Al-Azhar: Protest suicides not allowed in Islam

Egypt's Al-Azhar University, the chief center of religious learning in the Sunni Muslim world, has said that Sharia Law outlaws suicide as an expression of anger or protest.

In a statement issued late Tuesday, the university said that Islam strictly prohibits suicide for any reason, and those who recently attempted suicide by setting themselves on fire might be suffering from a mental or psychological disorder that compelled them to do so.

Five people have set themselves on fire in protest over the past two days in Egypt. They are believed to be copycats of a Tunisian man who set himself on fire in front of Tunisia's presidential palace last month.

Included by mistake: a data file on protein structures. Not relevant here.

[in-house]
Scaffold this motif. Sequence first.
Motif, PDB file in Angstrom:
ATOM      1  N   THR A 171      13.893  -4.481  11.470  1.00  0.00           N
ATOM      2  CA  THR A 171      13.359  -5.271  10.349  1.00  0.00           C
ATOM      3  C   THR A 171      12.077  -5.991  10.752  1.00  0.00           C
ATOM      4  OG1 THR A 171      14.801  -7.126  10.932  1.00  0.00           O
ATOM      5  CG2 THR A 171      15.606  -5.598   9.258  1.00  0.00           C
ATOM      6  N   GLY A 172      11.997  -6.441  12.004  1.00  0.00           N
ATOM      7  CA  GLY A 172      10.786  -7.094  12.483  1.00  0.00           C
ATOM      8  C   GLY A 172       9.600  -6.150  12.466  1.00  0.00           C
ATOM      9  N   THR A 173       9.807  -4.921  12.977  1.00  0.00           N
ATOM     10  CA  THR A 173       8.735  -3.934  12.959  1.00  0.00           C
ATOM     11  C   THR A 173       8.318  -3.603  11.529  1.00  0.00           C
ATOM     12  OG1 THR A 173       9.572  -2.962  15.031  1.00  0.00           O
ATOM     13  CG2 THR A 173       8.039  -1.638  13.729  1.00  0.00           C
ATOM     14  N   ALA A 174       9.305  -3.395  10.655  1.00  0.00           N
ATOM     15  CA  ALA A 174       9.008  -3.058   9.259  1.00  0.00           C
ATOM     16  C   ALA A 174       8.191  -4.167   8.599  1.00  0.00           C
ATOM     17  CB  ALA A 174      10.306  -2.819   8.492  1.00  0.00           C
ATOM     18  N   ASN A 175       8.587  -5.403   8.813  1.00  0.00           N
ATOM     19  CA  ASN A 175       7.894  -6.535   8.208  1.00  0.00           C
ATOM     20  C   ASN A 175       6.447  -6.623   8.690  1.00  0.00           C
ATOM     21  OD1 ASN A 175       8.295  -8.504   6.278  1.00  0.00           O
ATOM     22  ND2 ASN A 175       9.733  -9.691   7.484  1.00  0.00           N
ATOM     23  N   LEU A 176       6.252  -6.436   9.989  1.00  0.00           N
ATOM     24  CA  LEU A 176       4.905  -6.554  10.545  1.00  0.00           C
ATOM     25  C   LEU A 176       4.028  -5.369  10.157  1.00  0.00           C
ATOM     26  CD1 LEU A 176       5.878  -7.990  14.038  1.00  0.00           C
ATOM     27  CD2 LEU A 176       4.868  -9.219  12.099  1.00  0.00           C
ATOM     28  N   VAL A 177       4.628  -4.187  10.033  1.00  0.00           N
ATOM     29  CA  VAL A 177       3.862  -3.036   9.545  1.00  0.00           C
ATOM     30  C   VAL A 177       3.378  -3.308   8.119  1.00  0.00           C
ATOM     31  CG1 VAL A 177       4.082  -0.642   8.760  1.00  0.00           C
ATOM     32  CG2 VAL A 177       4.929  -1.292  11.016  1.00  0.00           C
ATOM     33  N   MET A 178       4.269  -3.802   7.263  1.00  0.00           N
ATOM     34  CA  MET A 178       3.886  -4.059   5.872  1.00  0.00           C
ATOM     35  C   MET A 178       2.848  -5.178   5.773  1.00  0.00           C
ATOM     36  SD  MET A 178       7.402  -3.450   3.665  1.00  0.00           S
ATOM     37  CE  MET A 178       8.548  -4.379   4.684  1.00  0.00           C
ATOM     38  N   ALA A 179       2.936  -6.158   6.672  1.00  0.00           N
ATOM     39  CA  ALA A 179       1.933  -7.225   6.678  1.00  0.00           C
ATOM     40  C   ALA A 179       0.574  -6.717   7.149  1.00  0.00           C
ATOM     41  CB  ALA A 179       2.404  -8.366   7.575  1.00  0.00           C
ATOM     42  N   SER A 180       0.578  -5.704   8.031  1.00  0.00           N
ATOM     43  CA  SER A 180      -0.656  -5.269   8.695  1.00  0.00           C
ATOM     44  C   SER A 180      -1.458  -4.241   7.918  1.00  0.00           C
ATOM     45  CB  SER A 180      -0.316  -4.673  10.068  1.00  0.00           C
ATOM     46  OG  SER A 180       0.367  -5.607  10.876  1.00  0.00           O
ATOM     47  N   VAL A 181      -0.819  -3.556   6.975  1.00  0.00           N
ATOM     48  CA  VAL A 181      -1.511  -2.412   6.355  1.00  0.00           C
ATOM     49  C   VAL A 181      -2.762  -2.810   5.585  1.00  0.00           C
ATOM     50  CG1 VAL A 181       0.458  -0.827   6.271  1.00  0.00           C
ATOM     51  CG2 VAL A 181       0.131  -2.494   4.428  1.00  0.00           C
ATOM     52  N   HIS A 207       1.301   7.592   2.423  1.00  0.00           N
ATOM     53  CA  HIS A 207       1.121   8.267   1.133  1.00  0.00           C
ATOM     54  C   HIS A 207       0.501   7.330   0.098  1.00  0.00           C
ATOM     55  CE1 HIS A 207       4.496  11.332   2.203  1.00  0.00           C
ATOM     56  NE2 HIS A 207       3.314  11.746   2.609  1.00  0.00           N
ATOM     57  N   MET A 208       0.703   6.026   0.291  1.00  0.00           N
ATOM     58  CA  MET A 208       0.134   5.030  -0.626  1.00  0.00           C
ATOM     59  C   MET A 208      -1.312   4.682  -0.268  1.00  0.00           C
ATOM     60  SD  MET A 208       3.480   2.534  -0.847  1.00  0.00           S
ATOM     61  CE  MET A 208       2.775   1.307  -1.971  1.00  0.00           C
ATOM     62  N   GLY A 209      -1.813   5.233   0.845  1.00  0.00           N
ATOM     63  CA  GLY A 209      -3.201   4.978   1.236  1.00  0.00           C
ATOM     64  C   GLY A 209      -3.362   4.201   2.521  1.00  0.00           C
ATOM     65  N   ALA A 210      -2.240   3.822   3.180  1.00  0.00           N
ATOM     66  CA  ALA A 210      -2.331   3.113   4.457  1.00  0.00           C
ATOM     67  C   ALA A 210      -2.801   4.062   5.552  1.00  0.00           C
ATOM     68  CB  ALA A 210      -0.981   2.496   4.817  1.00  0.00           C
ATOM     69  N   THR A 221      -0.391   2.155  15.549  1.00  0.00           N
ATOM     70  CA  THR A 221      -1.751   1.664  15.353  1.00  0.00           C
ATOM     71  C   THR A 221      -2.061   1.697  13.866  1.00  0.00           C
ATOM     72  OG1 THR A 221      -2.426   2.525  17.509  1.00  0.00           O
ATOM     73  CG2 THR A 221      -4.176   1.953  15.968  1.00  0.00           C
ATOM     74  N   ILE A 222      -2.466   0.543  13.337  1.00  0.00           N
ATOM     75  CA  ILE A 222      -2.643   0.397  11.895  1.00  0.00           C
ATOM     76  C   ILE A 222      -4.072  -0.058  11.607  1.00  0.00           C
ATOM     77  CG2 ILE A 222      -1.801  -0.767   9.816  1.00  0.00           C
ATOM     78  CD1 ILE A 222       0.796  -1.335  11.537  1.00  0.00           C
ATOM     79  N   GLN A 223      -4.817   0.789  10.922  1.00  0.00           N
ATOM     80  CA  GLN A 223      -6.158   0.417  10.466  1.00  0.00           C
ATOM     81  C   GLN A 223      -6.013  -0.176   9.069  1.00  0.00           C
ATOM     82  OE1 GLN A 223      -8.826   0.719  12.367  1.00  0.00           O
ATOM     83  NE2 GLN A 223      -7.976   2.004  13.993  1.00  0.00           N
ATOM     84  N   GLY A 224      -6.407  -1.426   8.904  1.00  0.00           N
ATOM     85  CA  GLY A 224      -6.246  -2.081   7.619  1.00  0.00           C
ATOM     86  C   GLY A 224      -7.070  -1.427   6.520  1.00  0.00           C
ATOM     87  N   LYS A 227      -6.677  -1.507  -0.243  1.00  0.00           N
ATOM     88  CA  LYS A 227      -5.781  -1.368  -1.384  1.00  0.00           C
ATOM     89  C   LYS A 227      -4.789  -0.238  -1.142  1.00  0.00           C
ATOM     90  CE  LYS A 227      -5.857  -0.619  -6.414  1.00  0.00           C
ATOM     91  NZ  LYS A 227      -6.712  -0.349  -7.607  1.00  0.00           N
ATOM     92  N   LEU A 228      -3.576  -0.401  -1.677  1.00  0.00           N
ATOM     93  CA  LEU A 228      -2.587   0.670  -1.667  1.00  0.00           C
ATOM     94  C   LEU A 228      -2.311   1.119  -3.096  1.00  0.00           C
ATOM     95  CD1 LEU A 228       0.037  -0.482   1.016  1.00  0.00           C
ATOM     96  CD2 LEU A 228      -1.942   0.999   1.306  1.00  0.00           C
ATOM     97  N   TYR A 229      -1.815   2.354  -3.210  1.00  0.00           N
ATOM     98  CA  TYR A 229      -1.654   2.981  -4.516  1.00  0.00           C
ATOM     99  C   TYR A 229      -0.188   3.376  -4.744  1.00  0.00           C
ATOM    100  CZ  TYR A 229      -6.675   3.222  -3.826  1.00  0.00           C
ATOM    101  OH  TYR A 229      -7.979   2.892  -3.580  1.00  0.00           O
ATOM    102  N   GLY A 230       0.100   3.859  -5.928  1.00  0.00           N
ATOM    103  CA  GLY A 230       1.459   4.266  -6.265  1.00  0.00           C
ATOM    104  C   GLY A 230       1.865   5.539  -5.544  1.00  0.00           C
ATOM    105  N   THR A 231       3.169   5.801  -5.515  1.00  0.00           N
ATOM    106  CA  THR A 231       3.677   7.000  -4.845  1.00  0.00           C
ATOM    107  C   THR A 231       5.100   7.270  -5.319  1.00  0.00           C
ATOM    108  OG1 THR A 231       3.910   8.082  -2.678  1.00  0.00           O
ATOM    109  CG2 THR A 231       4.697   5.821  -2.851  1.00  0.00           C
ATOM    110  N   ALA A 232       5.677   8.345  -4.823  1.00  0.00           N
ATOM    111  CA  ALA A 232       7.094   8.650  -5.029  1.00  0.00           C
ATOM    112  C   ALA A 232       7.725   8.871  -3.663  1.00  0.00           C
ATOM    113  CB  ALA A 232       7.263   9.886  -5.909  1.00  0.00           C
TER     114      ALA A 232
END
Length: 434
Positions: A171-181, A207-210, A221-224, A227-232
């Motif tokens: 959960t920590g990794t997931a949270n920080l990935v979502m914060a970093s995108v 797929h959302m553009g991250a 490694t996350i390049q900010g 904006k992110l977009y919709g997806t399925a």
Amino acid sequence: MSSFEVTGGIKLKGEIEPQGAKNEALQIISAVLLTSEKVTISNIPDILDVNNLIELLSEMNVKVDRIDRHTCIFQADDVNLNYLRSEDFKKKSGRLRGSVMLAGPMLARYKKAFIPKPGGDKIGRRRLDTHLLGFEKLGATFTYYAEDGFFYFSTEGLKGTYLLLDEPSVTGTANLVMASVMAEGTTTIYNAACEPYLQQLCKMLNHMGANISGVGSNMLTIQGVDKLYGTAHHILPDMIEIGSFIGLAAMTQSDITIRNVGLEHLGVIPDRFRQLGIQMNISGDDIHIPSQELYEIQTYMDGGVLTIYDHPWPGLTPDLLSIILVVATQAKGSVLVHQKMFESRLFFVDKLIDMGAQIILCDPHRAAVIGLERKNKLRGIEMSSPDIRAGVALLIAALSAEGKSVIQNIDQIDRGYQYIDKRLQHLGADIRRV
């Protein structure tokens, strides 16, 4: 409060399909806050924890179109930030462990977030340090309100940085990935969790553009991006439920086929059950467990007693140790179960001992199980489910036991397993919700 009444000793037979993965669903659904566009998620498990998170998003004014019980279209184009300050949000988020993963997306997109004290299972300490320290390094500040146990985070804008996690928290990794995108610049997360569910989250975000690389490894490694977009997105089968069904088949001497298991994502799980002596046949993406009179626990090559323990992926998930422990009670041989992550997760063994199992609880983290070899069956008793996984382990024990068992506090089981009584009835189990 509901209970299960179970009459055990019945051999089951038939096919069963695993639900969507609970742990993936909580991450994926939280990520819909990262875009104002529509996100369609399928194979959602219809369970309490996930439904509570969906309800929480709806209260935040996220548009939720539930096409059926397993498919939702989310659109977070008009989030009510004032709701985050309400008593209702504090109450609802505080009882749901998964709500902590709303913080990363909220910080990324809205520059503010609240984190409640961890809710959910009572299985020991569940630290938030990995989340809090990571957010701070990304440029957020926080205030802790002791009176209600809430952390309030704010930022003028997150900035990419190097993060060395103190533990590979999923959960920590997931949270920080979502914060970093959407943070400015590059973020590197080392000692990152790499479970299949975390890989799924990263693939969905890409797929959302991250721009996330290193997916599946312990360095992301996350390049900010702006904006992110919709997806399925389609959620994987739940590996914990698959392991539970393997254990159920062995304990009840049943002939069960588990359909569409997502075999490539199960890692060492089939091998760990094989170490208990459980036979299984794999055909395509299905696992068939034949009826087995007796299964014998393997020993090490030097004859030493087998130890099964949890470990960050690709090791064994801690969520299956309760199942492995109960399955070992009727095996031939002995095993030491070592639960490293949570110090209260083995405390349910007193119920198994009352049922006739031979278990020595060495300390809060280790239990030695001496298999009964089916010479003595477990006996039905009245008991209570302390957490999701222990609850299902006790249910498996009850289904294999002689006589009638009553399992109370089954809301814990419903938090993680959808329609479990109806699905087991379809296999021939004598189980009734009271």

Security forces on Tuesday thwarted a fifth attempt at self-immolation when they prevented 65-year-old accountant Ali Sayyed from setting himself on fire outside of the parliament building by dousing himself with alcohol and setting himself alight. He later said he was not trying to take his own life.

On the same day, also in front of parliament, 50-year-old lawyer Mohamed Farouk Hussein also attempted to set himself on fire.

In the evening, 53-year-old Mohamed Ashour Mohamed likewise tried to set himself on fire in front of the Egyptian Journalists Syndicate in downtown Cairo. He was stopped by building security before he could carry out the act.

Just one day earlier, 49-year-old restaurant owner Abdo Abdel Moneim Gaafar set himself on fire in front of the parliament building and was taken to hospital.

On Tuesday, a young unemployed man in Alexandria died from the injuries he sustained after setting himself on fire on the roof of a building.

Related Articles

Back to top button